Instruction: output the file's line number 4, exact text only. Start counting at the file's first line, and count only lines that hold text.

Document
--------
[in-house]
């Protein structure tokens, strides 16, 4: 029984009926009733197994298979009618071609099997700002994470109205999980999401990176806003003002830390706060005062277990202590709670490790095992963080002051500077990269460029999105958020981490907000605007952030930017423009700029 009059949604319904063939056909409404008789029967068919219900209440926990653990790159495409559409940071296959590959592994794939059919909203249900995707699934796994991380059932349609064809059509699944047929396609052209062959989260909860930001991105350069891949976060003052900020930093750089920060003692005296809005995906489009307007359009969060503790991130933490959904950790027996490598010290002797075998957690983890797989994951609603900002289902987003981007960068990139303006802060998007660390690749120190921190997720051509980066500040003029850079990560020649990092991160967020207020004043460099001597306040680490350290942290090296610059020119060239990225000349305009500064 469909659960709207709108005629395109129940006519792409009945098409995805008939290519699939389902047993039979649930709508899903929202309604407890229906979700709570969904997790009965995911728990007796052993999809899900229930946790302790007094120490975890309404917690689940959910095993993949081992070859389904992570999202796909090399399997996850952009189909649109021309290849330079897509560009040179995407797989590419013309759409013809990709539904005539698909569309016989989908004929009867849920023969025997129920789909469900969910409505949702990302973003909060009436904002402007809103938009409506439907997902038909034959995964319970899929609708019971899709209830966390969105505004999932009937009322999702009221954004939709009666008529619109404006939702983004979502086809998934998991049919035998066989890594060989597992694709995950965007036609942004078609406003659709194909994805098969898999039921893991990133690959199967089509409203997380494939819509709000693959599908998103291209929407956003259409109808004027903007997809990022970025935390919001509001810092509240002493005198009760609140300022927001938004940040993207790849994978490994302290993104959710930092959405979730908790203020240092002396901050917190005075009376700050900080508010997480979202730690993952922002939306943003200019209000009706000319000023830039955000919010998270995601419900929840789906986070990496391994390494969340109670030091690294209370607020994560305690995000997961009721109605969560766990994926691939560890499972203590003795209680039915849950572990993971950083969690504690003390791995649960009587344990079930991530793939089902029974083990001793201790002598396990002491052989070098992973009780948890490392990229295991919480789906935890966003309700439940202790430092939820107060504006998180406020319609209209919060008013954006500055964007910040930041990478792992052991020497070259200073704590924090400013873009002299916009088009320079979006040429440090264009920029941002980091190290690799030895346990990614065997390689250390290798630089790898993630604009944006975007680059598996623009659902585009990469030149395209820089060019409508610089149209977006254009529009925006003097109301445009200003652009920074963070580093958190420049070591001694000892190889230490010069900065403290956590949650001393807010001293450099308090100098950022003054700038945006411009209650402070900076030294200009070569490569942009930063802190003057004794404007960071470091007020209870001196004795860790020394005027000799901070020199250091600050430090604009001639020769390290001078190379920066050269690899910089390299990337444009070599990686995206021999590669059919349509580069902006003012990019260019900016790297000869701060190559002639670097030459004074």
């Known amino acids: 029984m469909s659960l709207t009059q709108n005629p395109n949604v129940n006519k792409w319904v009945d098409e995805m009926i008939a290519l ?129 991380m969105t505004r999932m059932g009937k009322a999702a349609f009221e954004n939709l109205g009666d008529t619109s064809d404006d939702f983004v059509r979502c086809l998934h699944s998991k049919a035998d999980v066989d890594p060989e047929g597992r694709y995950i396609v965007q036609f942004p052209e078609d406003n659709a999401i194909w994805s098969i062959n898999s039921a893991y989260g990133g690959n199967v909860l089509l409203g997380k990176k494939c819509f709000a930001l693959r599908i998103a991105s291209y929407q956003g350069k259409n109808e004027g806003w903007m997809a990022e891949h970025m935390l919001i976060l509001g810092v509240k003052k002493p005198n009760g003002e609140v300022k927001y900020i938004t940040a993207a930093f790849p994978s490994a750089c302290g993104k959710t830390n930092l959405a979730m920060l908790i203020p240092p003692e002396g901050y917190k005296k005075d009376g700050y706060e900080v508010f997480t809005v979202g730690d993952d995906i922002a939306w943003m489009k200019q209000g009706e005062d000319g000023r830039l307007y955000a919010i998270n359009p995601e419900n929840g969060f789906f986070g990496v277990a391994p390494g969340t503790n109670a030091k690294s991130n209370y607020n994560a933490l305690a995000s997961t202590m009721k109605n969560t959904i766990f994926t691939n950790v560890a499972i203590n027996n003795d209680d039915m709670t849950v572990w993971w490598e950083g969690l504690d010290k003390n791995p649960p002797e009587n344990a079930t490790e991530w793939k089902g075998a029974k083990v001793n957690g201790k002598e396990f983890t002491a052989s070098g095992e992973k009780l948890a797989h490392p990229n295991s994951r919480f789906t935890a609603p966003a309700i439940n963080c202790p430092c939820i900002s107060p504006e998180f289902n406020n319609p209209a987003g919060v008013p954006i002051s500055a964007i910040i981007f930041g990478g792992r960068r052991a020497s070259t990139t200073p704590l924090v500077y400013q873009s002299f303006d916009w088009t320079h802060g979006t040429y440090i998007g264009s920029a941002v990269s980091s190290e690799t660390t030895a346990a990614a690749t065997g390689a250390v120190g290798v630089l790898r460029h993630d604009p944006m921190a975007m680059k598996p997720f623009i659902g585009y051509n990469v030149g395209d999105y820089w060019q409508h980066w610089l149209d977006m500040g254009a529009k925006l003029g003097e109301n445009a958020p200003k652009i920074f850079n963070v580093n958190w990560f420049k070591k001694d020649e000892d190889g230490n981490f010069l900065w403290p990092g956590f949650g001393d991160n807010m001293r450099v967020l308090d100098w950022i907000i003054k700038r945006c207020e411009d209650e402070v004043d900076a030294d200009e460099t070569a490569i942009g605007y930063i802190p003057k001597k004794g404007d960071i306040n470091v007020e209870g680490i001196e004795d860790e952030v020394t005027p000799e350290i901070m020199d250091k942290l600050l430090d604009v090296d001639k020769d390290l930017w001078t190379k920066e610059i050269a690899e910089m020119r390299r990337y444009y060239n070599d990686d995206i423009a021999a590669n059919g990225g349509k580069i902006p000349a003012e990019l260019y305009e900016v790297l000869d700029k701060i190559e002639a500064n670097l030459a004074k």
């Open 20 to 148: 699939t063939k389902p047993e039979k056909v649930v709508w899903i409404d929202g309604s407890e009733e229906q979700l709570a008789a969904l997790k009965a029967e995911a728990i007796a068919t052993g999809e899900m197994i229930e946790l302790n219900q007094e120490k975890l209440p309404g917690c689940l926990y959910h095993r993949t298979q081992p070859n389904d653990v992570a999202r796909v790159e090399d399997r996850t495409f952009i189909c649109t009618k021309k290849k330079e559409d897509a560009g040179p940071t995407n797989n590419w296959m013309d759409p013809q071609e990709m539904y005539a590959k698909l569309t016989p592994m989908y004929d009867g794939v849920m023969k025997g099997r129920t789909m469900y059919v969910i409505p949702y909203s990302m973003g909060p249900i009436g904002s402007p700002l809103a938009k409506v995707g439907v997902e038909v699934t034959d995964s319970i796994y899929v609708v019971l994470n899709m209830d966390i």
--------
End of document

């Open 20 to 148: 699939t063939k389902p047993e039979k056909v649930v709508w899903i409404d929202g309604s407890e009733e229906q979700l709570a008789a969904l997790k009965a029967e995911a728990i007796a068919t052993g999809e899900m197994i229930e946790l302790n219900q007094e120490k975890l209440p309404g917690c689940l926990y959910h095993r993949t298979q081992p070859n389904d653990v992570a999202r796909v790159e090399d399997r996850t495409f952009i189909c649109t009618k021309k290849k330079e559409d897509a560009g040179p940071t995407n797989n590419w296959m013309d759409p013809q071609e990709m539904y005539a590959k698909l569309t016989p592994m989908y004929d009867g794939v849920m023969k025997g099997r129920t789909m469900y059919v969910i409505p949702y909203s990302m973003g909060p249900i009436g904002s402007p700002l809103a938009k409506v995707g439907v997902e038909v699934t034959d995964s319970i796994y899929v609708v019971l994470n899709m209830d966390i």